Initial analysis of the gender balance at the recent 21st-century Panglong Conference offers some fascinating insights into attitudes toward women among different sectors of those involved in the country’s peace process.

Overall, only 14 percent of official participants in the high-profile event were women, and just 9pc of those sent to represent the government, according to an analysis of figures provided to The Myanmar Times by the Myanmar Alliance for Gender Inclusion in the Peace Process (AGIPP).

The numbers – 97 women out of 663 official representatives, according to the AGIPP – apparently mark a step forward from a pre-Panglong meeting held in January, when only 7pc of those at the table were women. But the huge imbalance remains disheartening.

A 30pc minimum quota of female delegates has been recommended by experts, including UN special rapporteur on Myanmar Yanghee Lee, if the country is to meet international conventions on women, peace and security.

An AGIPP spokesperson cautioned that the true number of women who took a place at the peace table might even be slightly lower than 14pc, as the alliance is still seeking clarification over whether some ethnic armed organisations may have included a small number female technical and support staff in their women representative tallies in addition to officially invited participants.

However, she said any change to the final numbers would be minor.

According to the AGIPP’s figures, 20pc of official representatives sent by ethnic armed organisations (36 out of 175) were women. That compares to the 6pc of the Tatmadaw delegation who were women – although it is worth noting that the Myanmar military’s 10 female representatives (out of 150) at the latest peace talks were 10 more than in January, when not a single woman was included among their numbers.

The parliamentary contingent included 15 women, 20pc out of a total of 75 MPs participating.

That the government managed to send just seven women among its 75 official participants illustrates the contempt the National League for Democracy-led administration has for women and for its obligations under UN Security Council resolution 1325 on women, peace and security to ensure their representation in peace talks.

Numerous studies show the importance of women’s involvement in negotiations if peace agreements are to last. However, it is not just folly but also arrogance of the highest level that allows senior politicians and other leaders in society to act as if the views of more than 50pc of the population do not matter.

It is also concerning that the government is so readily willing to avoid its duties under UN resolution 1325 – an issue that was highlighted at the Convention on the Elimination of all Forms of Discrimination Against Women (CEDAW).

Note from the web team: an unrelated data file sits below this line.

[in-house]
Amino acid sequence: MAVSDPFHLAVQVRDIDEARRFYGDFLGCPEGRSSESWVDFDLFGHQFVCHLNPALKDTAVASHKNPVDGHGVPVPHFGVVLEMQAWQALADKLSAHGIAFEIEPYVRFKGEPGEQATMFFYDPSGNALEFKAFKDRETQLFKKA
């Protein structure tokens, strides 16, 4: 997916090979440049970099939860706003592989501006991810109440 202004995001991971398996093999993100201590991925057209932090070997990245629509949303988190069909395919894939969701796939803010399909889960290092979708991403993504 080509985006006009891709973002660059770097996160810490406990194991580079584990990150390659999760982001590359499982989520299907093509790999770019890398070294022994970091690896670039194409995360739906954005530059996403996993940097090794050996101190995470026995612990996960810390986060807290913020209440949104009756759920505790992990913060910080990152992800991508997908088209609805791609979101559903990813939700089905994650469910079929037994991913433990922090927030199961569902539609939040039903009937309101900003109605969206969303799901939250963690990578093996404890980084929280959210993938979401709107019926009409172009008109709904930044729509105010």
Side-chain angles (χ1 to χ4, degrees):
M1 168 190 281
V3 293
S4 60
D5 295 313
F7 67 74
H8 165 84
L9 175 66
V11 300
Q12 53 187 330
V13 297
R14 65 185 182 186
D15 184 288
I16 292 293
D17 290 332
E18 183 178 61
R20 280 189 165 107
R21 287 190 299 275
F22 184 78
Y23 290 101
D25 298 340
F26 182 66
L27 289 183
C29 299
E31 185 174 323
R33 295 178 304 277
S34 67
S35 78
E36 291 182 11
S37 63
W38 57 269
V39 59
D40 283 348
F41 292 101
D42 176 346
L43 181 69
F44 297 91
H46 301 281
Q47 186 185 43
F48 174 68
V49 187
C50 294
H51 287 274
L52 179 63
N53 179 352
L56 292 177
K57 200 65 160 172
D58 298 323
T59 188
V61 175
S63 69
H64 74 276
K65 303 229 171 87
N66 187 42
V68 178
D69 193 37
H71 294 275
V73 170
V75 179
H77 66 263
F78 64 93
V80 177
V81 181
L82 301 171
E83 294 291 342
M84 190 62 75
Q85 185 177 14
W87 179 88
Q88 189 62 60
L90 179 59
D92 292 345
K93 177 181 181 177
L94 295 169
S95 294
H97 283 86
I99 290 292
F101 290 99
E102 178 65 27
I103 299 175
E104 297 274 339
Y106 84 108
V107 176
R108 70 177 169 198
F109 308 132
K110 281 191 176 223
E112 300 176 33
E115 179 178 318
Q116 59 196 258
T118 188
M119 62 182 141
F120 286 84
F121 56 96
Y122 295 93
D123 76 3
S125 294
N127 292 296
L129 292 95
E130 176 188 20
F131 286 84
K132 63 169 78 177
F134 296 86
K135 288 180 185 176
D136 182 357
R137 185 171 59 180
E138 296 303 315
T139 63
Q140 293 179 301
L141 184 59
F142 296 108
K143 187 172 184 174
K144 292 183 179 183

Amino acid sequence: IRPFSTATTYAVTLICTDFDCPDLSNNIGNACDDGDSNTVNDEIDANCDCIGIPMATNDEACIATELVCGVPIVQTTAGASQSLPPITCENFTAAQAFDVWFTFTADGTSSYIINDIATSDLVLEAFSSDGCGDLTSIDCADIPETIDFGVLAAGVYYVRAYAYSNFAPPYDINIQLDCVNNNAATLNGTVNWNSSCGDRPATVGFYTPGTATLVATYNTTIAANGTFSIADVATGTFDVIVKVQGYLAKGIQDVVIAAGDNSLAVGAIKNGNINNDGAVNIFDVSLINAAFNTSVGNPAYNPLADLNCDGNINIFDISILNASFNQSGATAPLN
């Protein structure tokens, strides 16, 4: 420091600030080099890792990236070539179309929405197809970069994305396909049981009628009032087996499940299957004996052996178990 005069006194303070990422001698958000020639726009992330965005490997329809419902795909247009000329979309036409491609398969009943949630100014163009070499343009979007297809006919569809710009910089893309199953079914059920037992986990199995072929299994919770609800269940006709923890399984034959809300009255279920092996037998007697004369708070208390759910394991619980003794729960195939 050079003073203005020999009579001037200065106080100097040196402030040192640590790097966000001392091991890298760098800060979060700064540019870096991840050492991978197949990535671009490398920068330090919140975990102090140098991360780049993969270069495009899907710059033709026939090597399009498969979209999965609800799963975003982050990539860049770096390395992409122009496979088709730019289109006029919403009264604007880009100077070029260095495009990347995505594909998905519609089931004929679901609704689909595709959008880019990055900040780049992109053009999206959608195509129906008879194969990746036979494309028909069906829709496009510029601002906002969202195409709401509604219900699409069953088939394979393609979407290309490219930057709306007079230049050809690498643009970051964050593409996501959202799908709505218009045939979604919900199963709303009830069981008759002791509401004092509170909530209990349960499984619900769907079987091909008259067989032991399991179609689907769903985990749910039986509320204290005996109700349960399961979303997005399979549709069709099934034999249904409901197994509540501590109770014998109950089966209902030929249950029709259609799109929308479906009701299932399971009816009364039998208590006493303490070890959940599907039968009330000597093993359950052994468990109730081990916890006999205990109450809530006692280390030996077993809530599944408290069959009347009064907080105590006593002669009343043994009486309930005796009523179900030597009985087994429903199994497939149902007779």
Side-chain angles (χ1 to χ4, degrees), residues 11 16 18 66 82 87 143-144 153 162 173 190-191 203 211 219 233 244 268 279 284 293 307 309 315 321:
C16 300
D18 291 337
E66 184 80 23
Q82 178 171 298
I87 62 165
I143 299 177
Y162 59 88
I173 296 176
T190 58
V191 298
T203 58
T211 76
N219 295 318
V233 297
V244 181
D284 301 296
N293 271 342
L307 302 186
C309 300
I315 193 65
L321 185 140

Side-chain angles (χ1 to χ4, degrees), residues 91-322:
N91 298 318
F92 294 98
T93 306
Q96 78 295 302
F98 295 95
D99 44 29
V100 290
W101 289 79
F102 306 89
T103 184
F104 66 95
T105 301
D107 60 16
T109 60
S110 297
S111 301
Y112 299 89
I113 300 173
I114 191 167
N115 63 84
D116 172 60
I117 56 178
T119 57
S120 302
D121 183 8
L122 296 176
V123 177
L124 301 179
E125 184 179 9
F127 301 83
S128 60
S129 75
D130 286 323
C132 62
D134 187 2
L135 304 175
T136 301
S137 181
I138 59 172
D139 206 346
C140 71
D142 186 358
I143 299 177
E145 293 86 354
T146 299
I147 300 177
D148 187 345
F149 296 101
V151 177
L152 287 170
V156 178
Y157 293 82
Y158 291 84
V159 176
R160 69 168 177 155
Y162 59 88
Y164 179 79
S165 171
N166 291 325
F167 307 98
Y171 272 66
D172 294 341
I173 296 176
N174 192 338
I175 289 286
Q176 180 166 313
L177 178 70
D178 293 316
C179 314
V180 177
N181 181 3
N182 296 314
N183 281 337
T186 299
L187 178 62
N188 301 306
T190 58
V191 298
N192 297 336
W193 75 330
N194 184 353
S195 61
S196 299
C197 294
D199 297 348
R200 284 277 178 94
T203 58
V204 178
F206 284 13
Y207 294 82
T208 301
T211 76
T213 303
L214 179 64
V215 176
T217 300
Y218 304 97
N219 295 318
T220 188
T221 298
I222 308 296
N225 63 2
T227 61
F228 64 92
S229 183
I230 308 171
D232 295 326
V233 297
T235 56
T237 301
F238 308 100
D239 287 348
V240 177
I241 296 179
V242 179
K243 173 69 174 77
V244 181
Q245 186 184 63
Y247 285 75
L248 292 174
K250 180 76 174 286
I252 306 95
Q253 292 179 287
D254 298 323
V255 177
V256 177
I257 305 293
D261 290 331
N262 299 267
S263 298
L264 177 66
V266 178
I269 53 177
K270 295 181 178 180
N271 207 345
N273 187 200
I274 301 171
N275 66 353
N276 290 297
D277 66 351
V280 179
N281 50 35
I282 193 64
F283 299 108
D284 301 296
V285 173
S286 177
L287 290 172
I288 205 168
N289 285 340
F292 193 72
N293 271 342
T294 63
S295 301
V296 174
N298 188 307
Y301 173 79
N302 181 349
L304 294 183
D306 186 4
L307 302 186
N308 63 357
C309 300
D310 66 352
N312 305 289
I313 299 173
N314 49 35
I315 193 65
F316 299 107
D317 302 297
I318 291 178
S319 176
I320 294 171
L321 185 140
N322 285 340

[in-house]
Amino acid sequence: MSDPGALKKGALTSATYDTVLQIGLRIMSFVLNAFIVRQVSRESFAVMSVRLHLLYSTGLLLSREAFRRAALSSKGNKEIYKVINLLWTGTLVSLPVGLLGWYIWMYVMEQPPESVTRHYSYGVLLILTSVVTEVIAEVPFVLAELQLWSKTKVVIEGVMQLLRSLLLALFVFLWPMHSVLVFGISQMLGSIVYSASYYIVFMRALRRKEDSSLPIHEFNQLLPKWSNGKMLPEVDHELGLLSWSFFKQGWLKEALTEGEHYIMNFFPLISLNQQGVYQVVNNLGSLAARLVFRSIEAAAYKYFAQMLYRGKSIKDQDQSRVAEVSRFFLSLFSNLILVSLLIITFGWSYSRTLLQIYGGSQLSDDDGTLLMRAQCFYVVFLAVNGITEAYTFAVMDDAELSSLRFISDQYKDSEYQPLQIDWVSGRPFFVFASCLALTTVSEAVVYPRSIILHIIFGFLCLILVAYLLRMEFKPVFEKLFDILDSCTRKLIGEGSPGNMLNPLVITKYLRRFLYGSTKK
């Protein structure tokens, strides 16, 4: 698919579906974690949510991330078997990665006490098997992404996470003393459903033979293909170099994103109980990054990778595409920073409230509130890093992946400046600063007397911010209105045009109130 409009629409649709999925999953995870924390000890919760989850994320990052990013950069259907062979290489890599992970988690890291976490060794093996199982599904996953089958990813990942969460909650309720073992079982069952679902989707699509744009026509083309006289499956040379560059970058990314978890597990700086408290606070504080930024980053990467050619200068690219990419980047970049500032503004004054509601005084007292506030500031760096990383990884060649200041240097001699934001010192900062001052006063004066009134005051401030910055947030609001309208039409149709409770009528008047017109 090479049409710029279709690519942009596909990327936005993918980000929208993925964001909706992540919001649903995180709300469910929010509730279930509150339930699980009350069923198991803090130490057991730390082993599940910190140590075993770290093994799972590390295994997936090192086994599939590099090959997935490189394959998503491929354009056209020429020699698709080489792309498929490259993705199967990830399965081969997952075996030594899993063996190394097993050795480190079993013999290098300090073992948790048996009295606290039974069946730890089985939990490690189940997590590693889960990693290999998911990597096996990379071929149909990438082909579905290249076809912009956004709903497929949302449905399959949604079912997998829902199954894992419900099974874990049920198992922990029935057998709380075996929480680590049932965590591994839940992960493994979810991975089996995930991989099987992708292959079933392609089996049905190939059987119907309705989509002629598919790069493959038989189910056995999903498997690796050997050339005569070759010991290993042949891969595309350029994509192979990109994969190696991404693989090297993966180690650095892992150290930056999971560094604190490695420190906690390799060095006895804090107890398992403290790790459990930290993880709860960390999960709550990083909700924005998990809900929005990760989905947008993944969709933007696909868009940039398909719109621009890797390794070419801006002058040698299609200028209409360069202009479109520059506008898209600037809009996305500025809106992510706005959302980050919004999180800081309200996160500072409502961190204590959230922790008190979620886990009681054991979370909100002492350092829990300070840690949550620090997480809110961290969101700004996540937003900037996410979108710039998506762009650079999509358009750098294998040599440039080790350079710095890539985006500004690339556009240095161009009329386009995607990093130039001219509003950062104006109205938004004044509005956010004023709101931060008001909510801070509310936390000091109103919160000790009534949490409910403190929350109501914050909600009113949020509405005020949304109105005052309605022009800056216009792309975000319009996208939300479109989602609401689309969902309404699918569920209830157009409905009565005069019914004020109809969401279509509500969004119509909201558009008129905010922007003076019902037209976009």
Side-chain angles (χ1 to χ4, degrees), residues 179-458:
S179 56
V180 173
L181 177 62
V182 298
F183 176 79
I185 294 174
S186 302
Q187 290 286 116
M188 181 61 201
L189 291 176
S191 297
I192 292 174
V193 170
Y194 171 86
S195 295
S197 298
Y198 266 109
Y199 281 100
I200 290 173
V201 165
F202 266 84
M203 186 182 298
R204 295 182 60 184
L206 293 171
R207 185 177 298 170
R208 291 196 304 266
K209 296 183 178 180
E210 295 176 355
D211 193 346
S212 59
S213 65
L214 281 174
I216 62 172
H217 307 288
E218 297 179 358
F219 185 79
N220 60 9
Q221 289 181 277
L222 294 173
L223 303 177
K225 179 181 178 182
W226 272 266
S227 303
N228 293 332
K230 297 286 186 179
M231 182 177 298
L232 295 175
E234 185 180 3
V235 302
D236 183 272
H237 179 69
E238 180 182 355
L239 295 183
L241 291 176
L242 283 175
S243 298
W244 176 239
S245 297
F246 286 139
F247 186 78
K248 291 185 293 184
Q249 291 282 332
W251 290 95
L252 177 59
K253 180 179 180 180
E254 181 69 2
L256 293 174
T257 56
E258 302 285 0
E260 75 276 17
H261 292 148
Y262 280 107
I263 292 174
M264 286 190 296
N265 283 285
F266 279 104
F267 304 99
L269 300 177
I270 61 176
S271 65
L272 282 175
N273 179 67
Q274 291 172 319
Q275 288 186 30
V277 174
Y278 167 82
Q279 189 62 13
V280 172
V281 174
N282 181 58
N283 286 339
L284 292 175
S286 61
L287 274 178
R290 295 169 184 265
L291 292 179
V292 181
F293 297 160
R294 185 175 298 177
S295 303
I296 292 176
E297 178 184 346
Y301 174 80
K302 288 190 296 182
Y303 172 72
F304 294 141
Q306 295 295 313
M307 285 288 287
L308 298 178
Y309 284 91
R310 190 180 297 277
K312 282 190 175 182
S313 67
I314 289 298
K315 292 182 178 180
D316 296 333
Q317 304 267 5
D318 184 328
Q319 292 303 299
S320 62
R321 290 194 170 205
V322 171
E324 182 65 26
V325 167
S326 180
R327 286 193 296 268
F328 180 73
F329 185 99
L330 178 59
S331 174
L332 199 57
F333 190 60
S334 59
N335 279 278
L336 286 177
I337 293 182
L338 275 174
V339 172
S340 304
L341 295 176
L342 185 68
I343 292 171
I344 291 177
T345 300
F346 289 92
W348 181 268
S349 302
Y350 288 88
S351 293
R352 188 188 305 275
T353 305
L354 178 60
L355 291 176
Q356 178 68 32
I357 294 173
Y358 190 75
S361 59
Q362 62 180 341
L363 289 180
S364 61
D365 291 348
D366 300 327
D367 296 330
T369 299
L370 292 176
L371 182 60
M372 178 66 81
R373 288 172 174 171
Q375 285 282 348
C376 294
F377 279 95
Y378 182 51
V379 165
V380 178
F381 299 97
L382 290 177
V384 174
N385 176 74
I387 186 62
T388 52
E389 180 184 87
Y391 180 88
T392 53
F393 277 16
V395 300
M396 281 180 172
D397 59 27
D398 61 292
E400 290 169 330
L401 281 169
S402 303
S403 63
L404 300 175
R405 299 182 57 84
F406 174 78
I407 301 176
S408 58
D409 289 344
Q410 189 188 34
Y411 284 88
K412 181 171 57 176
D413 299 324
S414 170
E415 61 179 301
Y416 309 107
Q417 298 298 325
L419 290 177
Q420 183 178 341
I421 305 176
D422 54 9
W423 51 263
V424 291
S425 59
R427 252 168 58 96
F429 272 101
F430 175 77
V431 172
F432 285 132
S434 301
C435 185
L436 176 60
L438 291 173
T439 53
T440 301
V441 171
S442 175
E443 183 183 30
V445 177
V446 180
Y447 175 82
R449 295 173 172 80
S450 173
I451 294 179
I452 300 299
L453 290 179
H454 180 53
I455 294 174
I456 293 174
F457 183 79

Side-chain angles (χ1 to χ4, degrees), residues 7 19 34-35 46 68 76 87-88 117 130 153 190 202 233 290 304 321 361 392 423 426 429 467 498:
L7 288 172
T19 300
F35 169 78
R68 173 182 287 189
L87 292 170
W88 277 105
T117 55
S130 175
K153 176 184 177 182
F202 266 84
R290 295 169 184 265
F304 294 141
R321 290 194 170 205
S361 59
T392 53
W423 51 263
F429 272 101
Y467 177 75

The military elements in the current government were unlikely to ever champion women’s rights or pay much heed to the international conventions that seek to protect them.

But the fact that Daw Aung San Suu Kyi’s civilian-led administration also chooses to ignore internationally defined obligations to uphold women’s rights highlights concerning questions about the state counsellor’s commitment to rights conventions in general when she considers them irrelevant or inconvenient to achieving her goals.

Of course it is not just the government that continues to marginalise women from the peace process. The AGIPP figures show just 16pc of those representing political parties – and only 11pc of civilian ethnic representatives – were women.

According to the AGIPP, its relatively successful achievement in persuading the ethnic armed organisations to include more women representatives was the result of intense advocacy efforts. Members said that while it was often hard to persuade the men to listen, it was comparatively easy for individuals from ethnic women’s rights organisations to access the ethnic armed leaders to advocate for their inclusion.

Reaching senior government figures has been much more difficult, women’s advocates report. Yet when they are given an opportunity to speak to ministers, they have seen positive results – as was the case with an official from the Ministry of Social Welfare who, after meeting them, raised the issue of women’s participation in his Panglong Conference speech to cheers from female audience members.

With the recent peace conference tipped to be just the start of a long-running series of negotiations, the AGIPP is calling on the media and international actors to put more pressure on the government to do its duty when it comes to ensuring women’s inclusion in the peace process.

As Myanmar’s progress toward democratic reform comes under international scrutiny during Daw Aung San Suu Kyi’s visit to the United States, the continued failure of the government to protect and uphold the specific rights of women in all aspects of life, including these crucial peace talks, should be raised as a matter of utmost concern.